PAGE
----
I can’t comment much on this because of the fact that the company I started my career with, which is the popular “FKD Production” of Ali Nuhu, they value writers so much and respect them just like they do to actors and crew members. So I never had that experience nor did it ever happen in our company. It was later that I started hearing all sorts of things like that from my professional colleagues; complaining about some kind of bad treatment they had undergone.
Before any person thinks of doing that to me, I have already become very popular so much so that people recognise my scripts from movies even without seeing my name on them.
In my case also, underappreciation will not even arise since my fans know I am the one that scripted a movie. That was one of the reasons I decided to become a director. To script and direct exactly how I want it.
Kannywood seems to be having serious problems with marketing; what went wrong?
Marketing problem is our fault. We in the industry are underestimating the industry and its potentials; that was probably why we narrowed our thinking to only the traditional market and cinema. We need to have been engaging in research on how to improve our strategies in both marketing and filming so that we can get a lot of money. One thing many of our people fail to understand is that in the movie industry, you are expected to get rich if you are doing the right thing; not to get chicken change. So if we can do the right thing, we can get other media of marketing our movies to get more money.
But the biggest medium today is Netflix, and no Kannywood has made it there; hence people saying it is the fault of writers that cannot script to standard; what can you say about this?
It’s not writers’ fault. If it’s about writing good movies, as at present I have stories that can go into Netflix, and they will enjoy them. I am telling if they get these stories, they will be very happy to have them. So it is the fault of the producers, and to some extent our nonchalant attitude in not trying all possible means and our best to reach out to them and make them understand the market we have here in the North.
You have scripted many blockbuster movies; which one to you is the best and why?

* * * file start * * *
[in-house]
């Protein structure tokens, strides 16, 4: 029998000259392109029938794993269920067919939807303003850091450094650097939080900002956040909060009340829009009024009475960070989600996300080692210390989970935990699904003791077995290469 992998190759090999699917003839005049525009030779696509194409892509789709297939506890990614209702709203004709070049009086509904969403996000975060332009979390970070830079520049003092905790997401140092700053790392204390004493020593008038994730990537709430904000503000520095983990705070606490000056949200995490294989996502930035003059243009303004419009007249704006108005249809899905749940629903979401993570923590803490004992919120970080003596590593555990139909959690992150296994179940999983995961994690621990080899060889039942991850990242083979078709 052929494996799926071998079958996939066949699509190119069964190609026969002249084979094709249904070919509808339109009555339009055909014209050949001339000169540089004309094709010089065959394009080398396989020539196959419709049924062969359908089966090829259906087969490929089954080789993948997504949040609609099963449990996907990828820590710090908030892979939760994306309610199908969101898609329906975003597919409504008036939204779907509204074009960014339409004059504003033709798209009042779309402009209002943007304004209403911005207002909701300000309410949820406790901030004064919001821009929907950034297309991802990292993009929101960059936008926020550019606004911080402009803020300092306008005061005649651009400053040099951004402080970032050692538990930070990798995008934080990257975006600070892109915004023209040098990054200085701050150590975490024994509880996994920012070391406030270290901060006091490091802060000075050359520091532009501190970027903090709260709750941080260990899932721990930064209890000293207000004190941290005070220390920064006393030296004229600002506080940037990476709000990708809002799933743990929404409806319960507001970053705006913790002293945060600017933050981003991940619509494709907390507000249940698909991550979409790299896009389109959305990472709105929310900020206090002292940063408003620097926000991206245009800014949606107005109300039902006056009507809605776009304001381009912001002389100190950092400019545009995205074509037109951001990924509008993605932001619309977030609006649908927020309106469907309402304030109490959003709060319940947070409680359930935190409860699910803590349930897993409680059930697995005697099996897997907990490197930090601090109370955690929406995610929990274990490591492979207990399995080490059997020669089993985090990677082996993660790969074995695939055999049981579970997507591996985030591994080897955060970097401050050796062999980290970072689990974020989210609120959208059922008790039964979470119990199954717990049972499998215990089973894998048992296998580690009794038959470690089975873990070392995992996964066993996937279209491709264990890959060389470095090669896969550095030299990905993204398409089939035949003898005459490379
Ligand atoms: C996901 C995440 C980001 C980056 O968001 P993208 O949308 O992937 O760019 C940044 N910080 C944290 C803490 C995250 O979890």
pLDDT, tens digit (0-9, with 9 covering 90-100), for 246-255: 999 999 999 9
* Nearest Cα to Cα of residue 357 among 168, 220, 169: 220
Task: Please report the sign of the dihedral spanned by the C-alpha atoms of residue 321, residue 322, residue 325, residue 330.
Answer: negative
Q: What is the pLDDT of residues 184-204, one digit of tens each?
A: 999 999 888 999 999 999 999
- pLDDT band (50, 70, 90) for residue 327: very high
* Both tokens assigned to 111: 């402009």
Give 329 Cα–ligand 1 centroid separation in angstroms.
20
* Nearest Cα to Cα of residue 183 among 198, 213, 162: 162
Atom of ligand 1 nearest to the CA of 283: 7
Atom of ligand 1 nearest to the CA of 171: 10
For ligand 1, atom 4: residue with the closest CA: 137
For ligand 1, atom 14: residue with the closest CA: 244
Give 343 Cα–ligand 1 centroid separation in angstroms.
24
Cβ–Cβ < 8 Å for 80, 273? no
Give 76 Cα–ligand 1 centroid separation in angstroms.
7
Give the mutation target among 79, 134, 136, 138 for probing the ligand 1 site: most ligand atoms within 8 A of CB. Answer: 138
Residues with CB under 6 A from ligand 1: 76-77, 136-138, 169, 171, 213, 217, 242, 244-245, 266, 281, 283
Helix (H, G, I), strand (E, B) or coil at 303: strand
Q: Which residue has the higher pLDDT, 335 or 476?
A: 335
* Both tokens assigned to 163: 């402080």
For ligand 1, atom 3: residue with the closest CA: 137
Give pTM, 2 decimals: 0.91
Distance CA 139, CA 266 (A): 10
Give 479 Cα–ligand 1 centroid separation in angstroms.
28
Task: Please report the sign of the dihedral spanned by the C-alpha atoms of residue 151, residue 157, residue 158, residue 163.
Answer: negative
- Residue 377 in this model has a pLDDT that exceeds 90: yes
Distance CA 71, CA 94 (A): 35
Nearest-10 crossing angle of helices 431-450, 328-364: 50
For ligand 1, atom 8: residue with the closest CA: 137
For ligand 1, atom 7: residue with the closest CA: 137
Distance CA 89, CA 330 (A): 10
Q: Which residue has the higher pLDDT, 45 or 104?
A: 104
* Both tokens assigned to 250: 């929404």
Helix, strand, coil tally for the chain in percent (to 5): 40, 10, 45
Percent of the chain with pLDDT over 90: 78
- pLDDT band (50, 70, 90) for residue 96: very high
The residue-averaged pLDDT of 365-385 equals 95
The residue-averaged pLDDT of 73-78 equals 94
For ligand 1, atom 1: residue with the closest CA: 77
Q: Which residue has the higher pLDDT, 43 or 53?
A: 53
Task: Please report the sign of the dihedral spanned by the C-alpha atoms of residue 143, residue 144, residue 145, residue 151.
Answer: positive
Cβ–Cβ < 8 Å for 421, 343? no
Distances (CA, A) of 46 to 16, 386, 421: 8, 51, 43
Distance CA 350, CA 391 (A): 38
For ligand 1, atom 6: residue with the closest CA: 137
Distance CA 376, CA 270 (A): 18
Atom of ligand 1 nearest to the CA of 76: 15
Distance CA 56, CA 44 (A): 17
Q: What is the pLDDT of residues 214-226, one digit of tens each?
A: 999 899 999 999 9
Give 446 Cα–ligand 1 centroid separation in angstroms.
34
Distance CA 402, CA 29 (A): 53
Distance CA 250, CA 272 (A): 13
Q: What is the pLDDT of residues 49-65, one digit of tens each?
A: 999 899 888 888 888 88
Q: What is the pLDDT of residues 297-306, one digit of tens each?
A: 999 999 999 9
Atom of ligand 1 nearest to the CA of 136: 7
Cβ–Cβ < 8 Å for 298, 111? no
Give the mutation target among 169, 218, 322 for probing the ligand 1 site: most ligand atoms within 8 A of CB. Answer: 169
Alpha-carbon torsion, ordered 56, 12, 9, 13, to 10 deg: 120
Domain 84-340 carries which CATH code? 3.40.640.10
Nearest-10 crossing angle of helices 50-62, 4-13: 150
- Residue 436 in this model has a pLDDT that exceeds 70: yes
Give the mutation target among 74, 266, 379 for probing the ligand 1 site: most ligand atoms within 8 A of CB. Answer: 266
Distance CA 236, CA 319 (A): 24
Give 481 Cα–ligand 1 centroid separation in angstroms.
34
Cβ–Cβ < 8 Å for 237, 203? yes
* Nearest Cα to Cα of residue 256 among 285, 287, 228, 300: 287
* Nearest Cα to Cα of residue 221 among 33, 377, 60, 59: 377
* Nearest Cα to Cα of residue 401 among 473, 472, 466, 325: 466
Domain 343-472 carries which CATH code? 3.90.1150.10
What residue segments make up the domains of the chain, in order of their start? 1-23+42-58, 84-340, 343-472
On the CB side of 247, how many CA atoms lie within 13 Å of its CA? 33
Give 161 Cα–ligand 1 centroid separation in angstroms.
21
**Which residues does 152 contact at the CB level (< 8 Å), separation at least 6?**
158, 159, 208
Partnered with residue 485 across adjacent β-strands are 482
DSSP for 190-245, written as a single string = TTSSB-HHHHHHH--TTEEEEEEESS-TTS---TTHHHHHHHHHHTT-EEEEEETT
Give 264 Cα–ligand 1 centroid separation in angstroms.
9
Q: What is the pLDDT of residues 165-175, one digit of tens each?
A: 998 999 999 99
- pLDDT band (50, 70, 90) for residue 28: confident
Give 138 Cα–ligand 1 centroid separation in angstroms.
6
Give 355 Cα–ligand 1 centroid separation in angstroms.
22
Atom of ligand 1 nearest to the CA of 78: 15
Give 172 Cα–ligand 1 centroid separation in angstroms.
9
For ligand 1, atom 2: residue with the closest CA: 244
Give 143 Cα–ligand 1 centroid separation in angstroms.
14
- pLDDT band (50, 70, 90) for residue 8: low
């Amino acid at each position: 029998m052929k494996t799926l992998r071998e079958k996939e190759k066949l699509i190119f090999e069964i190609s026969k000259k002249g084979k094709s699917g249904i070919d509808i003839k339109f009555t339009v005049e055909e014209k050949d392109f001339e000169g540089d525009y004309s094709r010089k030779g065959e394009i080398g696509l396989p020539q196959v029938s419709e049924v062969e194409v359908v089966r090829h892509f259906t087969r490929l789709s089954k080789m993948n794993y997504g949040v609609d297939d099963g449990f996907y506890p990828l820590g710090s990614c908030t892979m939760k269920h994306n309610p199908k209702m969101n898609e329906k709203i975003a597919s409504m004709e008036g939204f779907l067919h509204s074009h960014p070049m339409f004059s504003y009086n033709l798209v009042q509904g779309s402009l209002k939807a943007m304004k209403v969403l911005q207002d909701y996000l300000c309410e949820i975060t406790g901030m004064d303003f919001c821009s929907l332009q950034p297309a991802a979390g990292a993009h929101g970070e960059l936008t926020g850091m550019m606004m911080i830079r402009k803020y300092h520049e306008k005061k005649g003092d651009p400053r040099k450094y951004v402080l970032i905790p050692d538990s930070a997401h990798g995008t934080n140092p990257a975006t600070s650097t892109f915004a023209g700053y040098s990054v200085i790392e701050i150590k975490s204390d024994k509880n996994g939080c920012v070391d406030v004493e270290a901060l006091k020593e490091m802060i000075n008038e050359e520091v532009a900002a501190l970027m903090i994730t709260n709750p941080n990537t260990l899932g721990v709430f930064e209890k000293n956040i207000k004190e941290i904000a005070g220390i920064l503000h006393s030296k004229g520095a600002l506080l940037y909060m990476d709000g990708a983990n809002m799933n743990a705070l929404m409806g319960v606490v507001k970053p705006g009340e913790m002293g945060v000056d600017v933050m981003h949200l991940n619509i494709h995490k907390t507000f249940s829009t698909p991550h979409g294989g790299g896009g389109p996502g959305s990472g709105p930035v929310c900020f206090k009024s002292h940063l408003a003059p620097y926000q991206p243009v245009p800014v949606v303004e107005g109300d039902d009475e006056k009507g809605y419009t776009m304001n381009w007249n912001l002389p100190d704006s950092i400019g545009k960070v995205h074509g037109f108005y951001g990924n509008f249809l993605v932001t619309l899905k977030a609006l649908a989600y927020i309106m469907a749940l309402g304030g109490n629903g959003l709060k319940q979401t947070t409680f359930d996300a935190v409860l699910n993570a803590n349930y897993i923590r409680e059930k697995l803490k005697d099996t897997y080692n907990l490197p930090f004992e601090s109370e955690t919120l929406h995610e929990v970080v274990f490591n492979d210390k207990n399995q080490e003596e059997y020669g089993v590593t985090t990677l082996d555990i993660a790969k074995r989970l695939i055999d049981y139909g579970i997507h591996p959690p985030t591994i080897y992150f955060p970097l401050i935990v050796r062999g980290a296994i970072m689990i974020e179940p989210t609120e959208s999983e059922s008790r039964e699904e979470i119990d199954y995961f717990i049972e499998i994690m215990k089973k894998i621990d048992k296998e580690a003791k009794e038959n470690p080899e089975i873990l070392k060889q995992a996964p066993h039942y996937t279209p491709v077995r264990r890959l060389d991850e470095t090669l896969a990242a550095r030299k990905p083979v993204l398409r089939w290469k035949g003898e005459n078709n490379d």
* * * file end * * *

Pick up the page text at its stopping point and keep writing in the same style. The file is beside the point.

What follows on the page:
I like all the movies I have scripted, but my favorite would be “Ni da ke mun dace”, because it is the first film I got the chance of joining senior writers to write. It was an eye opener and it opened many doors for me, and the message was well received after the movie was released.
What about the movies you have direct; which one is your best?
I also love all the movies I have direct, but I sincerely like “In ba ku ba gida” most.
You are currently working on a movie, “Babbar tawaga”, tell us about it?
“Babbar tawaga” focuses on how rich people spoil their children by pampering them and how it affects society generally. I scripted the movie, and I also appear in some scenes.
How and when do you think Kannywood can compete on the world stage?
By accepting new changes and working towards upgrading ourselves and standard all the time. We should not be seeing ourselves as local, because film is a global phenomenon. If you localise yours, that is how people will look at you. Any movie industry can produce any kind of movie.
Who are your role models?
Among writers, my father remains my idol. When it comes to directing, I think I studied it and I am still learning by researching to upgrade myself. Except perhaps the people we are working closely like Sheikh Isa Alolo and Kenneth Gyan.
Any message to your fans?
I would like to say a big thank you to my fans. I hope they will extend the same love and support I receive from them. They should expect great things from me and I promise I will never disappoint them.
By Isiyaku Muhammed & Amratullah Kazir